Review ·

Great title, eh? NaCl -- it's everywhere. In your sweat, in the oceans, in the Bible (Remember? Pillars of salt, that whole Lot thing? If you don't, that's cool; I'd rather not have to get all Da Vinci Code on you anyway). And those Funyans you're eating right now? Full of salt! You see what I mean? Salt is everywhere. So it makes sense that committed universalist Arto Lindsay would appropriate it as the name of this record, which, like just about every album he's released since '96 or so, is a collection of English/Portuguese song/poems about s-e-x and maybe l-o-v-e. Some songs are beautiful, and some are boring. But hey, who ever said life (or s-e-x) (or l-o-v-e) was fair?


As in all of his previous solo albums, Lindsay leads with his beats; they remain the most important variable in his unassuming musical calculus. Deftly and gleefully swooping up the percussive elements of African, Brazilian and Western dance and funk music, Salt is locked into a steady, sultry flow. On many tracks, after crooning his plenty-physical lyrics (which pullulate with references to human body parts moving, slipping, twisting, yowza yowza), Linsday allows the beats to stretch out like a yawning cat. You'll want to dance to them. Good beats are like that.

Of course, not all beats are created equally, and Salt has its share of bummer comedowns. More -- how you say? -- experimental in nature, songs like "De Lama Lamina" and "Combustivel" don't move or slip or twist like the other songs. Which is a shame, because Salt functions as an observation of the grunt-and-sweat physical nature of life, not to mention as a celebration of the sacred feminine that is the source of that life. (I know, I know. I said I wouldn't Da Vinci Code you to death, and here I go again. I apologize.) Instead, the aforementioned songs just plain aren't sexy; their beats are bad, their forms are bad. Placed back-to-back in the album's track sequence (and following the merely eh "Jardin Da Alma"), those songs create a serious flaw in Salt's design.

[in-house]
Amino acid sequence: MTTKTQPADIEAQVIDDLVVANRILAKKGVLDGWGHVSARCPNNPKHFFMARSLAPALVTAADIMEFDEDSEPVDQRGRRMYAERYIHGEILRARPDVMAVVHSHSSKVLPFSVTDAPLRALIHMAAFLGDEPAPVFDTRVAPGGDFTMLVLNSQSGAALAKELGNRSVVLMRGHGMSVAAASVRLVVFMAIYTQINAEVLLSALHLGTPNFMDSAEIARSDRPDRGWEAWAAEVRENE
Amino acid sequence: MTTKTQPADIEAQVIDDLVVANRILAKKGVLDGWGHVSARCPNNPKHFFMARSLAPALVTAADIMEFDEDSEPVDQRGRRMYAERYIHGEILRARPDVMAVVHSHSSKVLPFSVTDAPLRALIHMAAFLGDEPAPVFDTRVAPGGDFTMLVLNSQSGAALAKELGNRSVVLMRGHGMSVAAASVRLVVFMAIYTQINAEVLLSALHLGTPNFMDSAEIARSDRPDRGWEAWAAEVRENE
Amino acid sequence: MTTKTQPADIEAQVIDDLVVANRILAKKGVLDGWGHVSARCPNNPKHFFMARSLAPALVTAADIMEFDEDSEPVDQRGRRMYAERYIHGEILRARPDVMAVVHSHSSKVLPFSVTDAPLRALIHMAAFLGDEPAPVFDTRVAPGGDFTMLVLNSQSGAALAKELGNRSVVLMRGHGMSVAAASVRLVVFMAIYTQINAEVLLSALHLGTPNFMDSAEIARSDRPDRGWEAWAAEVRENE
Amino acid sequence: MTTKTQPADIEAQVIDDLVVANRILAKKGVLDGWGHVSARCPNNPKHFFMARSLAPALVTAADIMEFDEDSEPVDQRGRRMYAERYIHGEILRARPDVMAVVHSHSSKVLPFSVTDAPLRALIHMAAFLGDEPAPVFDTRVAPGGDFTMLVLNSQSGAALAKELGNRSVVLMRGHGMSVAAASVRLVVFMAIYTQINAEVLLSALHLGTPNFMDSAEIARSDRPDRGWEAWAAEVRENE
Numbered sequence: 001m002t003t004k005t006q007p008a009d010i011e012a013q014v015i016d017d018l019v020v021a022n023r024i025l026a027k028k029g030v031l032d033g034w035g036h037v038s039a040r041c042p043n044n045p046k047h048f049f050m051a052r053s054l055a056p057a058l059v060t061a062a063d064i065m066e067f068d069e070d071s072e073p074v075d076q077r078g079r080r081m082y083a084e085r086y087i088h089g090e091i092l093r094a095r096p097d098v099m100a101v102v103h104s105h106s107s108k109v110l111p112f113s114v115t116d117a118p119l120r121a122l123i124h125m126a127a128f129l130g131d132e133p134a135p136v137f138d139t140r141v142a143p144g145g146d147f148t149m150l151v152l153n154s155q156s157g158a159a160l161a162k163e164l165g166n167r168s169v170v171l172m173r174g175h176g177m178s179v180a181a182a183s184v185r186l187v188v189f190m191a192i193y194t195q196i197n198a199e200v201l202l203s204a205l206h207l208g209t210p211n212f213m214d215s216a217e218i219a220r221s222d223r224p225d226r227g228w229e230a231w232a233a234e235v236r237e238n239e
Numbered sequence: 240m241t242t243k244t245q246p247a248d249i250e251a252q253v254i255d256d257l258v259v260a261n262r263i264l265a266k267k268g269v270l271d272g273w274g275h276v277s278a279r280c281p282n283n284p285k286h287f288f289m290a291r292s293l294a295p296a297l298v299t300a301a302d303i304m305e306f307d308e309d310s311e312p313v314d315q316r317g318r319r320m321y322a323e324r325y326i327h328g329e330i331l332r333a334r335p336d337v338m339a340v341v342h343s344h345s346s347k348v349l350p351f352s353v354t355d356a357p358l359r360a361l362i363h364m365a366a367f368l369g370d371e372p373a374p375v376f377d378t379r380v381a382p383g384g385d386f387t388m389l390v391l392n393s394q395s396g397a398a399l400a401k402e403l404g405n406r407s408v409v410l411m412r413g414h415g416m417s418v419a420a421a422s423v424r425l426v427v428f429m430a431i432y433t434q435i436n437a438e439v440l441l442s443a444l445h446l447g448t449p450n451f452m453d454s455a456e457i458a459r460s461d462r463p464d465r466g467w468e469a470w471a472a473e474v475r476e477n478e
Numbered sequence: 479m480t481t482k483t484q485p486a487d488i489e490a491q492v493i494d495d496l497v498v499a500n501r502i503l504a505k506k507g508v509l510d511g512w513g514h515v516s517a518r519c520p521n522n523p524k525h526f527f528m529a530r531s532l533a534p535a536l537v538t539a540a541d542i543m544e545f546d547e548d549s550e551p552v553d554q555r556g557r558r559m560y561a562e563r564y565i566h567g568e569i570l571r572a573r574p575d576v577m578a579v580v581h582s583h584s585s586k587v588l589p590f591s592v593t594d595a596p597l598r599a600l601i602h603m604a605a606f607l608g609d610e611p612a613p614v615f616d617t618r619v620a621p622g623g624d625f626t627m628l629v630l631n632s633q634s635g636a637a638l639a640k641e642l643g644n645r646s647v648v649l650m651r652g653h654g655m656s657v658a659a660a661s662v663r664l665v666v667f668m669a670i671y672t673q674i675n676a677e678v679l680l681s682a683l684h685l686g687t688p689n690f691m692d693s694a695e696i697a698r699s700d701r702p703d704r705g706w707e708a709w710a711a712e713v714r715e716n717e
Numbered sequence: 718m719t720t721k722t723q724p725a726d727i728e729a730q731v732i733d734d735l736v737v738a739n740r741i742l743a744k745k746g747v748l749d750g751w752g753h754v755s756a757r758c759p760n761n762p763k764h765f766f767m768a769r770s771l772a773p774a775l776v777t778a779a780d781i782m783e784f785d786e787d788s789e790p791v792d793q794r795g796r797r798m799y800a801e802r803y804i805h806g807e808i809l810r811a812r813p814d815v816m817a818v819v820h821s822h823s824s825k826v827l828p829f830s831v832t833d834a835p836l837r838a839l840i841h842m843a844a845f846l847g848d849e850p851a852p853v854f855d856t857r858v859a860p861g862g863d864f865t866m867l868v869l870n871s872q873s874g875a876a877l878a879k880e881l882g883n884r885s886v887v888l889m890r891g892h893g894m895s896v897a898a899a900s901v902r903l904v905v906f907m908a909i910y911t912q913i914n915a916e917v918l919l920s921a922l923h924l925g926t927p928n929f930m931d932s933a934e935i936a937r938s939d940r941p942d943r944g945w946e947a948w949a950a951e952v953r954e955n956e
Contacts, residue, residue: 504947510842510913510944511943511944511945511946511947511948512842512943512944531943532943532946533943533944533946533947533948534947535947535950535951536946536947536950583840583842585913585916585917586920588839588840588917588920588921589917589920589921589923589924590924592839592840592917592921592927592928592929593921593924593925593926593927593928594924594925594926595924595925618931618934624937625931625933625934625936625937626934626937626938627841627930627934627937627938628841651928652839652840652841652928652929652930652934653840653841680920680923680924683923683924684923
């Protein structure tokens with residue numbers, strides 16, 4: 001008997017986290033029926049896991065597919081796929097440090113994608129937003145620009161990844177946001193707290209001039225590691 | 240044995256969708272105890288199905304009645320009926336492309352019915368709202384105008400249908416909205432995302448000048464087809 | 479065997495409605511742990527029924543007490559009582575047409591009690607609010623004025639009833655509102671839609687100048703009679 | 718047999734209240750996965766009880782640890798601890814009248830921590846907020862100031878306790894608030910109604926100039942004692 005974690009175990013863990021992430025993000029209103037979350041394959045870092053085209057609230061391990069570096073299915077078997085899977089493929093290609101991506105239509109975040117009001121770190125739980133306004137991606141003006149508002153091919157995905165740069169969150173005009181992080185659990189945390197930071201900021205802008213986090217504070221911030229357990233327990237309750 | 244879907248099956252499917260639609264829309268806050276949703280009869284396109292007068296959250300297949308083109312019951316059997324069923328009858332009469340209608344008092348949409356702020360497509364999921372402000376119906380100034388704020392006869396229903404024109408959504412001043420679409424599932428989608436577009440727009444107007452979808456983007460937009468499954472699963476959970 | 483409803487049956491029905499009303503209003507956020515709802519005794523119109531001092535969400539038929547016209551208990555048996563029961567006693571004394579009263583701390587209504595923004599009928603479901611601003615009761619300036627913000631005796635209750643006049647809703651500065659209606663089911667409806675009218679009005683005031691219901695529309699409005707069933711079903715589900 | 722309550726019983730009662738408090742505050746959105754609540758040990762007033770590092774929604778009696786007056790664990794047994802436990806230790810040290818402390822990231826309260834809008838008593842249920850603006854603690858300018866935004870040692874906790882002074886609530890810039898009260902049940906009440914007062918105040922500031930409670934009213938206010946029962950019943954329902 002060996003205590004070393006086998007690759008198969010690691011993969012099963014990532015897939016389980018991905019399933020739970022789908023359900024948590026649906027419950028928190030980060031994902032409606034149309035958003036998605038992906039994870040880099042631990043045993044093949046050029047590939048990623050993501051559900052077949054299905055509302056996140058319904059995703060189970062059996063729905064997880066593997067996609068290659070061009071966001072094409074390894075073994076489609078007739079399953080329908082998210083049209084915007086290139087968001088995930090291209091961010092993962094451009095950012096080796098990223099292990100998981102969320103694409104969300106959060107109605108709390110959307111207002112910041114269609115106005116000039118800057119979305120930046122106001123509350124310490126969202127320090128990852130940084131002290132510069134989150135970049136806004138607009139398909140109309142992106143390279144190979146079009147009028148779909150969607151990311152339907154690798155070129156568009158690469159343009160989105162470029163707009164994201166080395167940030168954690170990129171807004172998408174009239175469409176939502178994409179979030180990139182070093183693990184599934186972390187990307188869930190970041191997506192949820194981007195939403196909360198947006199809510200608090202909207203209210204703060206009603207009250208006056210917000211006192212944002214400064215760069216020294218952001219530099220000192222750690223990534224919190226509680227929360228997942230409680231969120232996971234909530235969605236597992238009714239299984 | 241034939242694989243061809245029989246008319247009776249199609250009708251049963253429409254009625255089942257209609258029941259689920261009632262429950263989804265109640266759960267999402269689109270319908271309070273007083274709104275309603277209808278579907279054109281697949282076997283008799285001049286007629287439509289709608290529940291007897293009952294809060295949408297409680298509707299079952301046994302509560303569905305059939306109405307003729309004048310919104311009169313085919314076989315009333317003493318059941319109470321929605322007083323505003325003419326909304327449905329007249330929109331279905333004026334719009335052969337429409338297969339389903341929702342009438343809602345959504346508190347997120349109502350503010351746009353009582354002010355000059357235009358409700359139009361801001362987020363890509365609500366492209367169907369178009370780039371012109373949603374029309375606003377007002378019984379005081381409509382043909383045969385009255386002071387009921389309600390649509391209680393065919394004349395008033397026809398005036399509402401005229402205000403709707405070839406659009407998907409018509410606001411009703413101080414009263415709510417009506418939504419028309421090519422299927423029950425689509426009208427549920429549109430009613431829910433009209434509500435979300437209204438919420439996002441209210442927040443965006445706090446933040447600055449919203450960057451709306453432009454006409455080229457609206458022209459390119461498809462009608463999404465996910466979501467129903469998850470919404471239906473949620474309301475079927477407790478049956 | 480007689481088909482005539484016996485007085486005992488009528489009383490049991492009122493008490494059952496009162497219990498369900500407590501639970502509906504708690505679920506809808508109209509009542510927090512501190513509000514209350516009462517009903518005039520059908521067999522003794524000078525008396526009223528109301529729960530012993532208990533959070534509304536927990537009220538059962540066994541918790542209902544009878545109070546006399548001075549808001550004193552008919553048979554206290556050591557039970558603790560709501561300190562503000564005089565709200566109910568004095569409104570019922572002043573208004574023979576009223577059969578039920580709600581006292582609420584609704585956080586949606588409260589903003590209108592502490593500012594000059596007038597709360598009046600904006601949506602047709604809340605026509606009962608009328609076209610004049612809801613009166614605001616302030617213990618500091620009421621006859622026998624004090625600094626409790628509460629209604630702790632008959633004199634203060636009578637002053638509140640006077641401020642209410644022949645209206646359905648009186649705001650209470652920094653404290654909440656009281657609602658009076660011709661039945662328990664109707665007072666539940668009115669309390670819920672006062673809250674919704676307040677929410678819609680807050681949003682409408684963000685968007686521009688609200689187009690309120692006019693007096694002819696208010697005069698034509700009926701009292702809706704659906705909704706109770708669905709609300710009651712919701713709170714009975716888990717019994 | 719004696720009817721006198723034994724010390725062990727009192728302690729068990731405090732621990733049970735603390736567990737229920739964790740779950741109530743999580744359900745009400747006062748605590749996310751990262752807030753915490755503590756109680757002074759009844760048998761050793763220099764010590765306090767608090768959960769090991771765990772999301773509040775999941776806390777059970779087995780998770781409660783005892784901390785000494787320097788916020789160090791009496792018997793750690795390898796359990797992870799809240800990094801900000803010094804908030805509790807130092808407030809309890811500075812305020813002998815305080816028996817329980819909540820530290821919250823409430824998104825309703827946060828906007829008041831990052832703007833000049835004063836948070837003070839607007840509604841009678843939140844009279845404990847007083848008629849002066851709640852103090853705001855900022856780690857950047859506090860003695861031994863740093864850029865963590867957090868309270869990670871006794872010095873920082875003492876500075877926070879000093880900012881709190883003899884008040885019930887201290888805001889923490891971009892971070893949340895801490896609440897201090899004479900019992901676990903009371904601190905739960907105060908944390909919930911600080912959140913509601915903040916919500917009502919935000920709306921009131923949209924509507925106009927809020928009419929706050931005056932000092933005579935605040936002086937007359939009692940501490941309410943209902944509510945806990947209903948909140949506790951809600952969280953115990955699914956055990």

Fortunately, the album's first four tracks -- including the soft-rock radio-ready "Kamo (Dark Stripe)," Salt's best song -- are classic Lindsay, as good as anything he's done in the last ten years. The secret is in the melodies, which are stronger than ever. I've never thought much of Lindsay as a crooner's crooner, which is what the former DNA and Ambitious Lovers singer has reinvented himself as. His voice is too thin, too lacking in nuance and subtlety: you want Tanqueray but all he gives you is the cheap stuff that comes in the plastic gallon jugs. But Salt's best songs find Lindsay writing tunes to match his voice, and -- surprise, surprise -- he manages to squeeze some pretty beautiful songs out of his flawed pipes.

Still, it ain't his best album. (That would be either 1996's Mundo Civilizado or 1999's Prize, since you asked.) But in its total thematic embrace of squirming, sweaty, naked flesh (right down to the cover art), coupled with the joie de vivre with which the beats and melodies deliver said theme, Salt is a noteworthy album. It's easy to fall for a sex album, but it's even easier when the sex album's sex is so healthy, so mutually gratifying, so ... loving? It's hard to say. The beats ask what love's got to do with it, but the tender melodies merely wink in response, which could mean everything. Or nothing.

  • Habite Em Mim
  • Kamo (Dark Stripe)
  • Personagem
  • Twins
  • Into Shade
  • Jardim Da Alma
  • De Lama Lâmina
  • Combustível
  • Make That Sound
  • Salt
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